09 January 2013

‘With the Dawn’: A love-note penned in the Sri Lankan wilds


BOOK REVIEW
‘With the Dawn’, by Nihal Fernando and Herbert Keuneman, published by Studio Times Ltd., reviewed by Malinda Seneviratne.

There are countless melodies that can be composed with the 12 pitches of the Chromatic scale.  There are more than 12 words in the English dictionary and this alone gives sense of dimension pertaining to possible word configuration.  One might say that we have enough and more tools to describe the world to ourselves and one another.  There are times however when we all feel poor, not for lack of word but perhaps for its suffusion.  We cannot pick the correct words to describe to perfection, dimension and detail all.   Then we go silent. 
 
It is the same with painters. Color and line make for innumerable configuration but rendering is always incomplete.  Artists give us new eyes and perhaps inevitably new lies as ways, new ways of self-deception.  One would think, then, that the photographer is a more humble archivist, except that this is also an exercise that involves choices such as time of day, light-shade mix, the ‘settings’ pertaining to camera and of course post-shot play on a computer where a wide range of tools are available to re-render that which was captured.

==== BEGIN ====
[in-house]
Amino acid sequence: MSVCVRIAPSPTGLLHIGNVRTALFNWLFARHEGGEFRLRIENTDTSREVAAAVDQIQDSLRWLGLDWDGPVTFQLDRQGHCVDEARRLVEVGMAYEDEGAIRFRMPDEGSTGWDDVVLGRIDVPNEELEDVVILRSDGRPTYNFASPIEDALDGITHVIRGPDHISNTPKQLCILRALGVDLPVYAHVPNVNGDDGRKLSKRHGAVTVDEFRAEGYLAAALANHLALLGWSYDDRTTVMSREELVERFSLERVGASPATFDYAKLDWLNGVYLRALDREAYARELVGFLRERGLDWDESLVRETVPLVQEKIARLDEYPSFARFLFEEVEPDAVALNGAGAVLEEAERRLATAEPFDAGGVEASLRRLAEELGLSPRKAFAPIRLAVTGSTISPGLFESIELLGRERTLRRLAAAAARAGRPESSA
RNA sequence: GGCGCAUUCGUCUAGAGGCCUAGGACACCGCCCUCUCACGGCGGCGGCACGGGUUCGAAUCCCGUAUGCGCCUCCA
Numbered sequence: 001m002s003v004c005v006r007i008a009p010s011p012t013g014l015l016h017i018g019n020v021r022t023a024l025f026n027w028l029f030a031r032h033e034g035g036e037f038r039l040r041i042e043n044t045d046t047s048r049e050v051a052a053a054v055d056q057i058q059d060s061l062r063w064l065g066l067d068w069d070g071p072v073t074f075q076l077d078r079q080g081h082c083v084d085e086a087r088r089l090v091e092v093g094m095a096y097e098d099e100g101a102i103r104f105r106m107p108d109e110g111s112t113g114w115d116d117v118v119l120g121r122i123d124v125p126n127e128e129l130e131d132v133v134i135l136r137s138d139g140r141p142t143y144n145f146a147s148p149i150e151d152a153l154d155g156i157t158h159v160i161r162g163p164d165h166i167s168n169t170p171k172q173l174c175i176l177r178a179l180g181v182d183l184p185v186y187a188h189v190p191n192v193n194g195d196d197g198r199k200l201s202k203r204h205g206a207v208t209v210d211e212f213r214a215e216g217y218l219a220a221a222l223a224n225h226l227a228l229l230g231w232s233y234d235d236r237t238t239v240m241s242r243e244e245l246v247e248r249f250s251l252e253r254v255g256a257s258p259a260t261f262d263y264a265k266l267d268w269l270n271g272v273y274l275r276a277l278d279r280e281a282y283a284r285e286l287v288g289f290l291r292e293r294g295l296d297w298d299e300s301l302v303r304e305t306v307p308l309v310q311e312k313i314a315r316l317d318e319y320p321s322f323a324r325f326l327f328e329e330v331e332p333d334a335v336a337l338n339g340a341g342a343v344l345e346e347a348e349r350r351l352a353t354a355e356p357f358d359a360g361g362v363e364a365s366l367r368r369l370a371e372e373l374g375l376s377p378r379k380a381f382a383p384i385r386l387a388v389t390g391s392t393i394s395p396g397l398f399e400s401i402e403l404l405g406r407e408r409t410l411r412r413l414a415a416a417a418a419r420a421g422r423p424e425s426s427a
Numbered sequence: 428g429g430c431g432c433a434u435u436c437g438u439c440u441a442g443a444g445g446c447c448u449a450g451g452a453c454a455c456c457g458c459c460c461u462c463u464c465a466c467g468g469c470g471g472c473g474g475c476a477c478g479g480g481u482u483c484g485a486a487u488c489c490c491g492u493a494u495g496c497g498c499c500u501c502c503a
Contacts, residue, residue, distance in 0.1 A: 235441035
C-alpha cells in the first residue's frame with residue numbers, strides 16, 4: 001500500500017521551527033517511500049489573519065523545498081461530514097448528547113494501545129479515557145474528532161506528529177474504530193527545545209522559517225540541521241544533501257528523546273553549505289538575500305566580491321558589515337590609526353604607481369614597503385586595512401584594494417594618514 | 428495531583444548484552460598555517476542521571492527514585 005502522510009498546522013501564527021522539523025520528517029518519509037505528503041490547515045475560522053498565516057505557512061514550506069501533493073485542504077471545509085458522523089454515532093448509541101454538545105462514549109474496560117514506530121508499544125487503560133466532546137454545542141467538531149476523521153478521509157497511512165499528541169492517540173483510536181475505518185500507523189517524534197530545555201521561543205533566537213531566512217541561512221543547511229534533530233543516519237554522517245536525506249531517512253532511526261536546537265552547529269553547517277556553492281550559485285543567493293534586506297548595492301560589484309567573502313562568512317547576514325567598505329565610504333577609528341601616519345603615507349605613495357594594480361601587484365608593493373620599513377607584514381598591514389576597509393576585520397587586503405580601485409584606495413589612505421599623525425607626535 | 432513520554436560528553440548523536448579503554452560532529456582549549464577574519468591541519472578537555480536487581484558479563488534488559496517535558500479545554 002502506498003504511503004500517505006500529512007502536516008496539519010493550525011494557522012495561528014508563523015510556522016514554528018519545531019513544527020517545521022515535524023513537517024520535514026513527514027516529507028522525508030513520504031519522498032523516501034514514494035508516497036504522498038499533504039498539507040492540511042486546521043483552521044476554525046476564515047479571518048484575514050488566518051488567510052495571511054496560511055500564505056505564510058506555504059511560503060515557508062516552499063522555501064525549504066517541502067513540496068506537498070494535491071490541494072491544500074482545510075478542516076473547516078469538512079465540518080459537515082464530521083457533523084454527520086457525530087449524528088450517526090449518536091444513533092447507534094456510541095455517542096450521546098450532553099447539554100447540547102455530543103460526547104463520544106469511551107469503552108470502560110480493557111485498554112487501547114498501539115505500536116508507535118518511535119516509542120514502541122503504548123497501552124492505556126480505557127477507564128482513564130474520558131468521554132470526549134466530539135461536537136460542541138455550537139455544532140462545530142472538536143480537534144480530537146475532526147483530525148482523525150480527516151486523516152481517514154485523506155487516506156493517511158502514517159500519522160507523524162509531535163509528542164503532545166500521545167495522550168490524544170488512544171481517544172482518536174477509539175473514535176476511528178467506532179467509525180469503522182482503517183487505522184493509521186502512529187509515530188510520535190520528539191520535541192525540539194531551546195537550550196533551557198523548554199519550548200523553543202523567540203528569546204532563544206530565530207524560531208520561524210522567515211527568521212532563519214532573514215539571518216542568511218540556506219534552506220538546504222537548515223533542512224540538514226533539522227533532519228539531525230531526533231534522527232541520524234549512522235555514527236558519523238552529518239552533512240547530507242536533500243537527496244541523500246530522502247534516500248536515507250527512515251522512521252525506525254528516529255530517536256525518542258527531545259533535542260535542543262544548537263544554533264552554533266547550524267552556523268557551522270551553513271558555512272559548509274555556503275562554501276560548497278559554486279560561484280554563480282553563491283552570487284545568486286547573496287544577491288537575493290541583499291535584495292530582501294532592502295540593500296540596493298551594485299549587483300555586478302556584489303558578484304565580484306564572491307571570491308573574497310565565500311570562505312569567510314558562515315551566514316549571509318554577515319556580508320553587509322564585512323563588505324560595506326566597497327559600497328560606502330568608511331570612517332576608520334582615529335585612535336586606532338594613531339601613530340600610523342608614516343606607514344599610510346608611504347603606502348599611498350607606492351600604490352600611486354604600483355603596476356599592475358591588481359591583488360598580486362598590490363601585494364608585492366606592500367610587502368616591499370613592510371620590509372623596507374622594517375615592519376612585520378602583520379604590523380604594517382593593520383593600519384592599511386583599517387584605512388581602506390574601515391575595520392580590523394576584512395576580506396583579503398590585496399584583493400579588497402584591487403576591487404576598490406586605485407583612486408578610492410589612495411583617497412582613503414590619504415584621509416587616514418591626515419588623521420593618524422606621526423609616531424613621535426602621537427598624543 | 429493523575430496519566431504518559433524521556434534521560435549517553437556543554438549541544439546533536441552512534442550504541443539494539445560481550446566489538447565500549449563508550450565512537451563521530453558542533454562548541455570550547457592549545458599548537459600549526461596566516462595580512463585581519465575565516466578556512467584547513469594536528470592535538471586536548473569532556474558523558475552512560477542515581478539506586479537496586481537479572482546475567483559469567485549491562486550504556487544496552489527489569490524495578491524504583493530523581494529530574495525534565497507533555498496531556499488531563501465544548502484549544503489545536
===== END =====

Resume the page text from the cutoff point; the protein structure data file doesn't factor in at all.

When a photographer has travelled a territory more extensively than an archaeologist or surveyor it is clear that he or she can make countless albums for there are innumerable ways to organize material.  It is hard to think of anyone who has traveled the length and breadth of this island as much as Nihal Fernando has done.  Neville Weeraratne in an essay titled ‘Nihal Fernando and Herbert Keuneman: a tale of two kindred souls’ says that the former ‘has seen, heard, experienced and above all understood the land, its people and their life’.  It holds for the latter too, going by that same essay and by the authoritative travel guide ‘The Handbook for the Ceylon Traveller’ which carries the signature of his life, vision, knowledge and the love he shared with Fernando for this country.   Weeraratne describes him this way: ‘His lifelong residence led to a passionate love for the island.  There is (nor was) anyone with his encyclopedic knowledge of the country in whatever the detail and in whichever the discipline.’
Weeraratne’s piece is found towards the end of an album of photographs which is also an essay and a journey, ‘With the dawn’ published by Studio Times.  From dawn to dusk is a long time.  For people like Fernando and Keuneman it’s a set of hours that can theoretically make for countless albums on countless subjects.  This collection is based on the Studio Times exhibition called ‘Wild Life ’73’’ held almost forty years ago at the Lionel Wendt Art Gallery, Colombo.  The photographs displayed were picked by Keuneman just two weeks prior to exhibition date.  That process has been described beautifully thus: